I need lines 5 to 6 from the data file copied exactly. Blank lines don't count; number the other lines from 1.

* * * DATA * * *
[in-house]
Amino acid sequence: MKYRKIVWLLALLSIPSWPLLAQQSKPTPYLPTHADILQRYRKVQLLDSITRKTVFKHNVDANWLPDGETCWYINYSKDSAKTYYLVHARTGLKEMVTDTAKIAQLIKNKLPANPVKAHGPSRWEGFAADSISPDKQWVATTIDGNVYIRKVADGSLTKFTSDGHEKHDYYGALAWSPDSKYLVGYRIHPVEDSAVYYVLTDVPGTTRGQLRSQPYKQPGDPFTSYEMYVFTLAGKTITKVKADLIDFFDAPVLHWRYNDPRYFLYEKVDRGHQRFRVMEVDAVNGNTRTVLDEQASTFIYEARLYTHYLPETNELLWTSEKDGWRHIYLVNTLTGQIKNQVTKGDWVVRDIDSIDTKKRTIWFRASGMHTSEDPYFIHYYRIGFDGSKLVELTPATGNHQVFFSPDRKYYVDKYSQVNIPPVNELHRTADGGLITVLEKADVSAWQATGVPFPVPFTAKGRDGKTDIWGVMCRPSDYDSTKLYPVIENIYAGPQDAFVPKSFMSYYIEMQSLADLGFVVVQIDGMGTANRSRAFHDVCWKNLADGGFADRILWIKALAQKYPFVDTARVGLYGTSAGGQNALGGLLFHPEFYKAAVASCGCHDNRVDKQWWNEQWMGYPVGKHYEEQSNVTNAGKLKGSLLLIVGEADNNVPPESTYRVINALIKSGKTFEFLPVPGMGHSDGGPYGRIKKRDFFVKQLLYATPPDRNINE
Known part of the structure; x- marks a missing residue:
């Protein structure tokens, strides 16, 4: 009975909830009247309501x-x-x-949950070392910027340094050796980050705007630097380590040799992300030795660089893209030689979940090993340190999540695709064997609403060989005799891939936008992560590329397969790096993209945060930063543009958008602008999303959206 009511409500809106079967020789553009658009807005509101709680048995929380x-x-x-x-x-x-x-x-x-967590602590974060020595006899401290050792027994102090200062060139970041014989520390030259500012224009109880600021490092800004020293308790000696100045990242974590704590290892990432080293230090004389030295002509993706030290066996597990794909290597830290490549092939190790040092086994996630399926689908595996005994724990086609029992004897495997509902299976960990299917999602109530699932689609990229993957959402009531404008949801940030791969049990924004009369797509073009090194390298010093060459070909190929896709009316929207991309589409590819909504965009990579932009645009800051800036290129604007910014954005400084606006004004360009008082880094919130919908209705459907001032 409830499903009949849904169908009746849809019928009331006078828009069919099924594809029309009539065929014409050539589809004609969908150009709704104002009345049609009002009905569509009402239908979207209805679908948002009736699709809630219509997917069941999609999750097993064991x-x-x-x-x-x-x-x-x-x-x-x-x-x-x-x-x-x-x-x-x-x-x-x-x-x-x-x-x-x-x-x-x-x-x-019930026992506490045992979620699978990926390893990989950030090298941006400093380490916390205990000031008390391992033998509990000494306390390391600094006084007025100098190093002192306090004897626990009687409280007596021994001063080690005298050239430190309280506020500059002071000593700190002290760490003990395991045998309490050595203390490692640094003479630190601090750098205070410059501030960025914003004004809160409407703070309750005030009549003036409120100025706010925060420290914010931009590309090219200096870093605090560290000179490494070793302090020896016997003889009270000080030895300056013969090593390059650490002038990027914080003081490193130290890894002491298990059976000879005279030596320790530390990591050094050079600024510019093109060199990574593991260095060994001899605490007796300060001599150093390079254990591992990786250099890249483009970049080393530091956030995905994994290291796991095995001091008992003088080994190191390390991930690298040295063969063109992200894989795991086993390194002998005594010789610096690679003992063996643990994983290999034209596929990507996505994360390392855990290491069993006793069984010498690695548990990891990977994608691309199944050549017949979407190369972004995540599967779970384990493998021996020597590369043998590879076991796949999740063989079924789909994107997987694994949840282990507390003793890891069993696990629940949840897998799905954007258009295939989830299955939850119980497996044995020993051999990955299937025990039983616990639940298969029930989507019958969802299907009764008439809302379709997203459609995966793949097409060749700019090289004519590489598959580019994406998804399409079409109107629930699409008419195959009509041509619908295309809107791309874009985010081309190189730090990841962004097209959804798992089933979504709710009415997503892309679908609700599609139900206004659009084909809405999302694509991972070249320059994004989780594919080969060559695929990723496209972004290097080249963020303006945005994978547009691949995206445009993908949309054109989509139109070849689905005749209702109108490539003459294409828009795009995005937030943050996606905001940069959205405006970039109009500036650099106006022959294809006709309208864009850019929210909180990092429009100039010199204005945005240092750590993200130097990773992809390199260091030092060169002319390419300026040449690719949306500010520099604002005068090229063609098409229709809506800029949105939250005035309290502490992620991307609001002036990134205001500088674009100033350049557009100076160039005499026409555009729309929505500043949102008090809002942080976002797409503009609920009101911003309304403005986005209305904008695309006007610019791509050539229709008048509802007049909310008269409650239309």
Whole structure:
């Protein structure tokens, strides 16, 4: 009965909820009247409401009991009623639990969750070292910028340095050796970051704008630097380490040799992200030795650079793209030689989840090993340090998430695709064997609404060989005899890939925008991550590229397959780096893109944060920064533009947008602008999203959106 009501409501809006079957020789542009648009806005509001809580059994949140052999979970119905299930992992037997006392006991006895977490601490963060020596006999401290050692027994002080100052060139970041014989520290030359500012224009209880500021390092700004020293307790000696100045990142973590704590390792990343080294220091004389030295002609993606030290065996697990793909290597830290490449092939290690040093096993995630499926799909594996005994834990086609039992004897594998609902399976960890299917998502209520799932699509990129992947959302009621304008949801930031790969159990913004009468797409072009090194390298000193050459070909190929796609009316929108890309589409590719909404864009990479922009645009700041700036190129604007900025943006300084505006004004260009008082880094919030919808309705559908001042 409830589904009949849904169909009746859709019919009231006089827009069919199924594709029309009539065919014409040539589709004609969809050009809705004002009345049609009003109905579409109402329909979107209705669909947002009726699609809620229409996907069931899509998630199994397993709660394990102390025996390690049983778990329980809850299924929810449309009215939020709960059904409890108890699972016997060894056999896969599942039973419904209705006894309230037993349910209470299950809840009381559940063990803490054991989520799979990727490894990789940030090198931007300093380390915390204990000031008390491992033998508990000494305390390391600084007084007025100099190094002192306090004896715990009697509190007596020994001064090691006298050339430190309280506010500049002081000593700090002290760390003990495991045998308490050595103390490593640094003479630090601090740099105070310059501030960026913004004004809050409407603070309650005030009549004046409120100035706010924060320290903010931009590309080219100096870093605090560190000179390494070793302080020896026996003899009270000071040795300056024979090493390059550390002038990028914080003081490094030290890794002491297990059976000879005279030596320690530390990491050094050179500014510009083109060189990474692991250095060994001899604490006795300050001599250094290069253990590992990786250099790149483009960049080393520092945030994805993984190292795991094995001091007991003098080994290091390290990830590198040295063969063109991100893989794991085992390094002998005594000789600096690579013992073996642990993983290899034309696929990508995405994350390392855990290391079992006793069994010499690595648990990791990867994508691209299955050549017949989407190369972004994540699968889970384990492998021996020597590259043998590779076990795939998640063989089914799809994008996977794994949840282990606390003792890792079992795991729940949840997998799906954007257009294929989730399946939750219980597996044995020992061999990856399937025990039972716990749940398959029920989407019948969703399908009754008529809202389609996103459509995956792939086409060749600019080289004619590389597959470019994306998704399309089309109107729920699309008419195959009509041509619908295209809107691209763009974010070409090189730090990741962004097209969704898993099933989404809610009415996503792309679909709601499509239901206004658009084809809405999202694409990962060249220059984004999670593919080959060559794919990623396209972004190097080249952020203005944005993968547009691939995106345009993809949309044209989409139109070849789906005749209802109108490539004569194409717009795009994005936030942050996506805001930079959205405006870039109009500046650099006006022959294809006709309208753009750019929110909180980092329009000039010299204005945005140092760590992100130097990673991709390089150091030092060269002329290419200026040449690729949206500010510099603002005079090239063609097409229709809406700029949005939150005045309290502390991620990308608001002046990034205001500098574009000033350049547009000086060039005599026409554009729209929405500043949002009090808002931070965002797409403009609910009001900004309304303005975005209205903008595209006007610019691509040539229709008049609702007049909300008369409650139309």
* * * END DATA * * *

Whole structure:
């Protein structure tokens, strides 16, 4: 009965909820009247409401009991009623639990969750070292910028340095050796970051704008630097380490040799992200030795650079793209030689989840090993340090998430695709064997609404060989005899890939925008991550590229397959780096893109944060920064533009947008602008999203959106 009501409501809006079957020789542009648009806005509001809580059994949140052999979970119905299930992992037997006392006991006895977490601490963060020596006999401290050692027994002080100052060139970041014989520290030359500012224009209880500021390092700004020293307790000696100045990142973590704590390792990343080294220091004389030295002609993606030290065996697990793909290597830290490449092939290690040093096993995630499926799909594996005994834990086609039992004897594998609902399976960890299917998502209520799932699509990129992947959302009621304008949801930031790969159990913004009468797409072009090194390298000193050459070909190929796609009316929108890309589409590719909404864009990479922009645009700041700036190129604007900025943006300084505006004004260009008082880094919030919808309705559908001042 409830589904009949849904169909009746859709019919009231006089827009069919199924594709029309009539065919014409040539589709004609969809050009809705004002009345049609009003109905579409109402329909979107209705669909947002009726699609809620229409996907069931899509998630199994397993709660394990102390025996390690049983778990329980809850299924929810449309009215939020709960059904409890108890699972016997060894056999896969599942039973419904209705006894309230037993349910209470299950809840009381559940063990803490054991989520799979990727490894990789940030090198931007300093380390915390204990000031008390491992033998508990000494305390390391600084007084007025100099190094002192306090004896715990009697509190007596020994001064090691006298050339430190309280506010500049002081000593700090002290760390003990495991045998308490050595103390490593640094003479630090601090740099105070310059501030960026913004004004809050409407603070309650005030009549004046409120100035706010924060320290903010931009590309080219100096870093605090560190000179390494070793302080020896026996003899009270000071040795300056024979090493390059550390002038990028914080003081490094030290890794002491297990059976000879005279030596320690530390990491050094050179500014510009083109060189990474692991250095060994001899604490006795300050001599250094290069253990590992990786250099790149483009960049080393520092945030994805993984190292795991094995001091007991003098080994290091390290990830590198040295063969063109991100893989794991085992390094002998005594000789600096690579013992073996642990993983290899034309696929990508995405994350390392855990290391079992006793069994010499690595648990990791990867994508691209299955050549017949989407190369972004994540699968889970384990492998021996020597590259043998590779076990795939998640063989089914799809994008996977794994949840282990606390003792890792079992795991729940949840997998799906954007257009294929989730399946939750219980597996044995020992061999990856399937025990039972716990749940398959029920989407019948969703399908009754008529809202389609996103459509995956792939086409060749600019080289004619590389597959470019994306998704399309089309109107729920699309008419195959009509041509619908295209809107691209763009974010070409090189730090990741962004097209969704898993099933989404809610009415996503792309679909709601499509239901206004658009084809809405999202694409990962060249220059984004999670593919080959060559794919990623396209972004190097080249952020203005944005993968547009691939995106345009993809949309044209989409139109070849789906005749209802109108490539004569194409717009795009994005936030942050996506805001930079959205405006870039109009500046650099006006022959294809006709309208753009750019929110909180980092329009000039010299204005945005140092760590992100130097990673991709390089150091030092060269002329290419200026040449690729949206500010510099603002005079090239063609097409229709809406700029949005939150005045309290502390991620990308608001002046990034205001500098574009000033350049547009000086060039005599026409554009729209929405500043949002009090808002931070965002797409403009609910009001900004309304303005975005209205903008595209006007610019691509040539229709008049609702007049909300008369409650139309």